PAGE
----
Making Bedfellows of Traditional Music and Experimental Theatre

Gary Keegan and Danny O’Mahony in 'Bellow' (Photo: Ste Murray)

Making Bedfellows of Traditional Music and Experimental Theatre

Accordion player Danny O'Mahony and theatre company Brokentalkers toured their show 'Bellow' earlier this year. Don O'Mahony reviews.

Ostensibly, Bellow is a play about North Kerry traditional musician Danny O’Mahony, providing a platform for the accordionist to tell the story of his relationship with both the instrument and the tradition in which he operates. As such, we get a potted history of significant moments in his 40-years-long-and-counting life in music and we are left in no doubt how much it matters. Not just the music, but the very tradition itself. There is no doubting his mission to preach his gospel to territories beyond his traditional – in every sense – audience.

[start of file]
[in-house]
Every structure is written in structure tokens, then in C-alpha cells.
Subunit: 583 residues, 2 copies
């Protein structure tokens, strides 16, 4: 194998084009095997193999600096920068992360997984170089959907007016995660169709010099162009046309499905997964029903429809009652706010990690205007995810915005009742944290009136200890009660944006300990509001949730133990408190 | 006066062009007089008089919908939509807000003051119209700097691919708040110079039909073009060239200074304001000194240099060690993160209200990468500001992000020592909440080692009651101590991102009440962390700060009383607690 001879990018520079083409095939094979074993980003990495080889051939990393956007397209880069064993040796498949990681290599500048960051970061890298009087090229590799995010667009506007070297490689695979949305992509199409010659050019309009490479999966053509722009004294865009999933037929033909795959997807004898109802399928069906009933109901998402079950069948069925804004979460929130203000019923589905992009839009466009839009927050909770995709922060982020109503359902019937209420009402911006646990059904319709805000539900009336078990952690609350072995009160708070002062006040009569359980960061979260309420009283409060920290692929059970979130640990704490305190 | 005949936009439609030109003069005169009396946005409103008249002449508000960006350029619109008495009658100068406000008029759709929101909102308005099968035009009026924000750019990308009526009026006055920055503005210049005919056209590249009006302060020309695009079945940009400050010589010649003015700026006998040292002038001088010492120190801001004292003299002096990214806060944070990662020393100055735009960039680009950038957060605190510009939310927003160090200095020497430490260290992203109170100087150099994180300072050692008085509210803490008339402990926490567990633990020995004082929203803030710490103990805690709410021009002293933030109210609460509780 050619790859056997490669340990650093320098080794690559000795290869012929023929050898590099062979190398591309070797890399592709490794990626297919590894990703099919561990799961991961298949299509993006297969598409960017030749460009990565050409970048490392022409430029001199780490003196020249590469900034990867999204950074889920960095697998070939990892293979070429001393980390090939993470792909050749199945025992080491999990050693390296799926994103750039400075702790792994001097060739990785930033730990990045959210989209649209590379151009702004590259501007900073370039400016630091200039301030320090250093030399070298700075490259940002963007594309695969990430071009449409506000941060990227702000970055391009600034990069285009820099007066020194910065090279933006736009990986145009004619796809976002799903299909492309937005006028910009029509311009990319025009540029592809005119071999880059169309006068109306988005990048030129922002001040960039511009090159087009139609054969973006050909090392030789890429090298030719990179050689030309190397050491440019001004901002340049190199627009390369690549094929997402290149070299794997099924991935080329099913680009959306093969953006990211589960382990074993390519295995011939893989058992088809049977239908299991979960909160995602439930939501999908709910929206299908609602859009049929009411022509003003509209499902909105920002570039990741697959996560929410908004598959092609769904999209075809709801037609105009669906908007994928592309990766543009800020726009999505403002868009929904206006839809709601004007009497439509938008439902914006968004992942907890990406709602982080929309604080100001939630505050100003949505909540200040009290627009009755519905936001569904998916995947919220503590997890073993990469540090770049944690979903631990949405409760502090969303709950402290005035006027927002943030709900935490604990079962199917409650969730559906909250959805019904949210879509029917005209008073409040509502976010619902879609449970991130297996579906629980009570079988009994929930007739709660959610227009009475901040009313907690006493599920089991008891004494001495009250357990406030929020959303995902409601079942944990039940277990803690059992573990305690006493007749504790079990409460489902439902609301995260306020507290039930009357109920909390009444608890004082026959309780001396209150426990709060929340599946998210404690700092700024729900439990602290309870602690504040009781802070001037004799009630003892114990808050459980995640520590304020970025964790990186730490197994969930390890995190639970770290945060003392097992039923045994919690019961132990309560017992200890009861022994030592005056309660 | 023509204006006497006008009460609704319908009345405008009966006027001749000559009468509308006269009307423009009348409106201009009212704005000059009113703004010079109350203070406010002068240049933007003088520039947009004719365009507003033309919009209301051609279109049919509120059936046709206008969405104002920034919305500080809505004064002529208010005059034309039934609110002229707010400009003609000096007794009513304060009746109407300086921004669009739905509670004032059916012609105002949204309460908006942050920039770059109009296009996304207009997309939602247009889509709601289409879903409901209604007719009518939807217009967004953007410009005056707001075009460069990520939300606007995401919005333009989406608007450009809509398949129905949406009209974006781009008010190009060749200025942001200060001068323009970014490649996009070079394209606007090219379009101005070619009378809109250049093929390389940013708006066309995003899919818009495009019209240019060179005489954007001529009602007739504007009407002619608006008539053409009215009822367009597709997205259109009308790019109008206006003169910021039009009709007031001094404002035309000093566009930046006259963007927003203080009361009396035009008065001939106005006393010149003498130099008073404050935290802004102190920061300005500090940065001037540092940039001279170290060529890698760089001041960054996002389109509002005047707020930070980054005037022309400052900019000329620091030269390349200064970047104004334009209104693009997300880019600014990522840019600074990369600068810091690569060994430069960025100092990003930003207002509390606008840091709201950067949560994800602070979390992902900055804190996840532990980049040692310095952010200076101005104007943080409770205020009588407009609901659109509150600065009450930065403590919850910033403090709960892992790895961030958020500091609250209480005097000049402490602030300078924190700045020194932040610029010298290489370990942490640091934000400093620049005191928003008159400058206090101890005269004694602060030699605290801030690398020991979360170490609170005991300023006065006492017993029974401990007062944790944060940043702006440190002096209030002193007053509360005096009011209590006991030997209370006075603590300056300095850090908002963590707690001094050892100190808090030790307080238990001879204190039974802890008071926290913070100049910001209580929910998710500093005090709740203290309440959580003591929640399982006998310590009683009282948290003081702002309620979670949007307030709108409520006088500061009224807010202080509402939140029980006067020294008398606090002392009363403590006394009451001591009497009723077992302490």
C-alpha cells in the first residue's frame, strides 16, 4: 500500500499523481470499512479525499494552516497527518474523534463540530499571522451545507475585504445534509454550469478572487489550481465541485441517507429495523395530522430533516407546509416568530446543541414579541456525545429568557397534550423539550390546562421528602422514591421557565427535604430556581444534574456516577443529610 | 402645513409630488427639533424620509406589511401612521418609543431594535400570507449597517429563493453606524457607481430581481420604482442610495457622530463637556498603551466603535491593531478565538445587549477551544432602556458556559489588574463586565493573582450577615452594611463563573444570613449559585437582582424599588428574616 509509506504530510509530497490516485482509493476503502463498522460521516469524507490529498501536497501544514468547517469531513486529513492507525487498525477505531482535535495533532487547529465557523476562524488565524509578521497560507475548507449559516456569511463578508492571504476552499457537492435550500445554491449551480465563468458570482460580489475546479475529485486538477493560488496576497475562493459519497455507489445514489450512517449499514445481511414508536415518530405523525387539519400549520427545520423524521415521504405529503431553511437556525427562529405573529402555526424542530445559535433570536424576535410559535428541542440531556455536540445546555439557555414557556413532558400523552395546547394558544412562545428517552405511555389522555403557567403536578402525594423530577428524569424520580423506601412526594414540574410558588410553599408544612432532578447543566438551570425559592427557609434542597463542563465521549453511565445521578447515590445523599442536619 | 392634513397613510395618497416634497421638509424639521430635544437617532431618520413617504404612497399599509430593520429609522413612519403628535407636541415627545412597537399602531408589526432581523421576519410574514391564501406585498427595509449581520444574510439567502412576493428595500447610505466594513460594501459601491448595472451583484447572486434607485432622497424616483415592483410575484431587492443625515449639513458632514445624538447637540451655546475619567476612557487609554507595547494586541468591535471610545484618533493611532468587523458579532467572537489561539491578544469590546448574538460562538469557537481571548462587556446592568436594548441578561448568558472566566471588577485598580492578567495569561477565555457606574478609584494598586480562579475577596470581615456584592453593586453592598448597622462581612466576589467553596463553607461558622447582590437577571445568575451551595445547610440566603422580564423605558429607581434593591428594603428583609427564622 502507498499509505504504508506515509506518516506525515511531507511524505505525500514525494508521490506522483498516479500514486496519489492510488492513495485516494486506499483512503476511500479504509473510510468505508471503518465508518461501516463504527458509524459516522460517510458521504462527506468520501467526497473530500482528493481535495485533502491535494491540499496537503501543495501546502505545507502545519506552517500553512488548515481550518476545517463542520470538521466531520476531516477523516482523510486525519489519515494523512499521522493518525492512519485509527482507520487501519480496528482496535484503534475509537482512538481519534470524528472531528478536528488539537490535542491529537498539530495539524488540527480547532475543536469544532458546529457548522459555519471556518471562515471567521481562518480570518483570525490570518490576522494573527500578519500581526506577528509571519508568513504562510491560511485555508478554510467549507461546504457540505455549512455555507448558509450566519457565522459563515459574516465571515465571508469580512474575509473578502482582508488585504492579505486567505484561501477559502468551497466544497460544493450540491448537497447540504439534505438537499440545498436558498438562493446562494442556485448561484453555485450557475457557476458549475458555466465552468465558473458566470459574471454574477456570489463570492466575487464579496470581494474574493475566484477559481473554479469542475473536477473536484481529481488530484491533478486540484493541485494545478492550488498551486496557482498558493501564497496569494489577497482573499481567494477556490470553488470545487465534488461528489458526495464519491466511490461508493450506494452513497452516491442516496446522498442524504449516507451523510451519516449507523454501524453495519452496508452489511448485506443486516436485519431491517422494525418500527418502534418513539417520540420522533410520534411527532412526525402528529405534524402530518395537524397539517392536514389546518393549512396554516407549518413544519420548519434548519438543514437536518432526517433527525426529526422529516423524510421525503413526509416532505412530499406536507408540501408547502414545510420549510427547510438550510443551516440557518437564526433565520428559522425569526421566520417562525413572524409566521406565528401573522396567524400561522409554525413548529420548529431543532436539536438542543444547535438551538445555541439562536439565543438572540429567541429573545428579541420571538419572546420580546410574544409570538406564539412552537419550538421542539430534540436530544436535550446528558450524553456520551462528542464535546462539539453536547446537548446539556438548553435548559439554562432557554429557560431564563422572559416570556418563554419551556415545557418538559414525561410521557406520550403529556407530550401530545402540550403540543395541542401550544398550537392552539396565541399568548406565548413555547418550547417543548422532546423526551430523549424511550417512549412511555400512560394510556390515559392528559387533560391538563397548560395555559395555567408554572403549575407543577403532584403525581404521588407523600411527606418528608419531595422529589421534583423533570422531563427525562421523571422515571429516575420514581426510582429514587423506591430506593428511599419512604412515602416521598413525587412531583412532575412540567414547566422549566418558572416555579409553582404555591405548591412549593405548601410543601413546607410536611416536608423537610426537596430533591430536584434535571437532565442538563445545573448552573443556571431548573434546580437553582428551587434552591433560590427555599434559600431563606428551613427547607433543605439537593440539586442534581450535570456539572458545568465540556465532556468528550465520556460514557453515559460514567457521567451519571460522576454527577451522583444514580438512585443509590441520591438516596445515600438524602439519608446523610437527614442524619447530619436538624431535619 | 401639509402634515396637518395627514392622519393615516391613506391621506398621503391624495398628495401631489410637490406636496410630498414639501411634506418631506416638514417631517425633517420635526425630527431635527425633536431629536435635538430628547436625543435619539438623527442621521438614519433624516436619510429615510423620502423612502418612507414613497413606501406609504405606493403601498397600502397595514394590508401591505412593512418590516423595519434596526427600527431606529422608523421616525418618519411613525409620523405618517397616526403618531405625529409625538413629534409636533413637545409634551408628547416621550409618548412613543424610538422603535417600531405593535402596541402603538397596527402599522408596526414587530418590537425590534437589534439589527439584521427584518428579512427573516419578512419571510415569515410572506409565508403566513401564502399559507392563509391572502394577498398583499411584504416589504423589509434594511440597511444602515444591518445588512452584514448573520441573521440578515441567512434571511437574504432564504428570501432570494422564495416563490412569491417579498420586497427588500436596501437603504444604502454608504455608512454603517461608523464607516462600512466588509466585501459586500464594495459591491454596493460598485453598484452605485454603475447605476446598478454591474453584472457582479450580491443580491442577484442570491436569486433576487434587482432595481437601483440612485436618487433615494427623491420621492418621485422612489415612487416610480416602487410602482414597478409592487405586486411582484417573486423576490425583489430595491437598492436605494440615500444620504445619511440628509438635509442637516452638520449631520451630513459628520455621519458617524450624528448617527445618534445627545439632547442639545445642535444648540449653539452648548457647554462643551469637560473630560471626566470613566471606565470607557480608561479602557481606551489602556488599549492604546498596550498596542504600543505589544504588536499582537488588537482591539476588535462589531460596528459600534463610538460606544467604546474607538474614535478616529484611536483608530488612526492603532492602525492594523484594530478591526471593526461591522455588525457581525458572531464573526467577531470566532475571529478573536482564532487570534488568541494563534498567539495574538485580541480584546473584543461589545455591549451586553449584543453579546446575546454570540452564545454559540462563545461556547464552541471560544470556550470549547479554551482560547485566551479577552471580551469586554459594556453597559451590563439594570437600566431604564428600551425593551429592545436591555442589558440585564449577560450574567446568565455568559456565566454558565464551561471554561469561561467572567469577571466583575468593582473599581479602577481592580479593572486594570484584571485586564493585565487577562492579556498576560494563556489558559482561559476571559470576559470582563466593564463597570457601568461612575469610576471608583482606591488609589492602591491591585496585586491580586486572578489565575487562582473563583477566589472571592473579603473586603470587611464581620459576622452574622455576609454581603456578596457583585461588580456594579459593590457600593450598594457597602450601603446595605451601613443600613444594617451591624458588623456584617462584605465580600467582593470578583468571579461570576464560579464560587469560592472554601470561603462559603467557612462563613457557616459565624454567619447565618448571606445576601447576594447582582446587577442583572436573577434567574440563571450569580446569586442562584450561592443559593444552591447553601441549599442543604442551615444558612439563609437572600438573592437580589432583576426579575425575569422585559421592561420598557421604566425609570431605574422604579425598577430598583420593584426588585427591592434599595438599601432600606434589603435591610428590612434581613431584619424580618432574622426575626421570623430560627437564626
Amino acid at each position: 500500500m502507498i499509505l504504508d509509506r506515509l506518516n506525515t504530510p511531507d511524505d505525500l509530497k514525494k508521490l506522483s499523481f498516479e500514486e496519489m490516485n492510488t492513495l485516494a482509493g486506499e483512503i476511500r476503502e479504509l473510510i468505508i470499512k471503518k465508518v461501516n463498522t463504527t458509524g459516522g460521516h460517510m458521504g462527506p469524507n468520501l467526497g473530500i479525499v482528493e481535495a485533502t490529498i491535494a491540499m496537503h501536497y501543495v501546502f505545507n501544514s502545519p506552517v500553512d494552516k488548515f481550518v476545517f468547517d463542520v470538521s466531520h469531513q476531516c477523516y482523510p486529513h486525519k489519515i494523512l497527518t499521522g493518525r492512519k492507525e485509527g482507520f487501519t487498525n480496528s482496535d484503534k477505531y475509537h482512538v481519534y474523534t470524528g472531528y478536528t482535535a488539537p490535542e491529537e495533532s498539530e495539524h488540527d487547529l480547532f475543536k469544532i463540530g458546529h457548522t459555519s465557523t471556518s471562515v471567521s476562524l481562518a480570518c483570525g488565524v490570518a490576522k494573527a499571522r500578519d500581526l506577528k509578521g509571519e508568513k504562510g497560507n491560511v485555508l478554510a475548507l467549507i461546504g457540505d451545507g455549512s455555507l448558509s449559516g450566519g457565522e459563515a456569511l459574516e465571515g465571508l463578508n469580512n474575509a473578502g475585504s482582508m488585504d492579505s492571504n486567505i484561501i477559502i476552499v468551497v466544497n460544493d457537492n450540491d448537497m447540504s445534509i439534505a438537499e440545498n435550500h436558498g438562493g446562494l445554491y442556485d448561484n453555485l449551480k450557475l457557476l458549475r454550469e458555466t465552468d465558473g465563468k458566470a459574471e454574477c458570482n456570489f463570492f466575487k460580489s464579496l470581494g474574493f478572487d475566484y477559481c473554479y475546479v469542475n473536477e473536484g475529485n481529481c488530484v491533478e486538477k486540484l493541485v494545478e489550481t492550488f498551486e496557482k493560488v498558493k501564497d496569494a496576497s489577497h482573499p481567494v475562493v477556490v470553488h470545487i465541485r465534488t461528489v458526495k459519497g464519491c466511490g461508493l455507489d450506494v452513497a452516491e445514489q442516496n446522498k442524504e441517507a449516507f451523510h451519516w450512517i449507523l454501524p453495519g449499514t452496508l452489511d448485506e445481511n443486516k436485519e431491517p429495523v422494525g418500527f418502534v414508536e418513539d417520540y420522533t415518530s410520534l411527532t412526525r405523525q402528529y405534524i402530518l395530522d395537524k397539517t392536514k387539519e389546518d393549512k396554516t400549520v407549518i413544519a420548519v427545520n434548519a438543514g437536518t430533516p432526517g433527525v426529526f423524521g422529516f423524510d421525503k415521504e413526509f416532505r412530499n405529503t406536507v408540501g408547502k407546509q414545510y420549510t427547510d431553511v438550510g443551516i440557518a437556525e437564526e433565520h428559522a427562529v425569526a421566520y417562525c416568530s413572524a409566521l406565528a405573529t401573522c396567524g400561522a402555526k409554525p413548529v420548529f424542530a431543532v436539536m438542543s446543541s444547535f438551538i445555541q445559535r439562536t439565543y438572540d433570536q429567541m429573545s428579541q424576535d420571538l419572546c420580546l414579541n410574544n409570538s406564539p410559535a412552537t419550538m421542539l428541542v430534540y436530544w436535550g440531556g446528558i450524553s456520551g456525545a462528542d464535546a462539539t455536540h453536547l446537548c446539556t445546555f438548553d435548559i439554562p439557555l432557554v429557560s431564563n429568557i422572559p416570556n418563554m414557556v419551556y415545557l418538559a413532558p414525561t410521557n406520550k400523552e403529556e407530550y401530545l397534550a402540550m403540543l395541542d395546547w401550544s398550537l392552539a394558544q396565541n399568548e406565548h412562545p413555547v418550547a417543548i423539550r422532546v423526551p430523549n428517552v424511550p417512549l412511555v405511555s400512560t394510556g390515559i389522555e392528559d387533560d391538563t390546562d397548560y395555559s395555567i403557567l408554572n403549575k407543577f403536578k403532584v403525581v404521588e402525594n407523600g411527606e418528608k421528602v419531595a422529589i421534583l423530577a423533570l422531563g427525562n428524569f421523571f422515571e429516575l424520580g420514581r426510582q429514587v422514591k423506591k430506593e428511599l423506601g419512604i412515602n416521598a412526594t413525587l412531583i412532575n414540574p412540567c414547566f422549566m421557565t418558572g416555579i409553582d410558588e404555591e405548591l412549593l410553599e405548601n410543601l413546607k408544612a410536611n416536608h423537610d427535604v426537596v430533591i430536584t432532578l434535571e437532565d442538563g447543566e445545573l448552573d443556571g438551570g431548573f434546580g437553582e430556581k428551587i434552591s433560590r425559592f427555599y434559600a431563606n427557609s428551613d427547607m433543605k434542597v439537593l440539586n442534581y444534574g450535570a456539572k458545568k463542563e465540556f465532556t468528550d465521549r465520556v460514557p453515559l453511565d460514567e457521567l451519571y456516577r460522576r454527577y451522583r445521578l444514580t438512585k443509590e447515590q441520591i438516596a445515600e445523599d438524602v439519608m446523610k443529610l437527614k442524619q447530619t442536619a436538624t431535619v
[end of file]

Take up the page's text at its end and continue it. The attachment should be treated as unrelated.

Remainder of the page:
To that end he took the unorthodox step of approaching the theatre company Brokentalkers with a view to achieving this aim. Quite how he decided how Brokentalkers, an avowedly experimental and boundary melting experimental company, would achieve his objective is perplexing. It is not quite, after all, National Theatre levels of projection and amplification. Nevertheless, his faith has proved rewarding.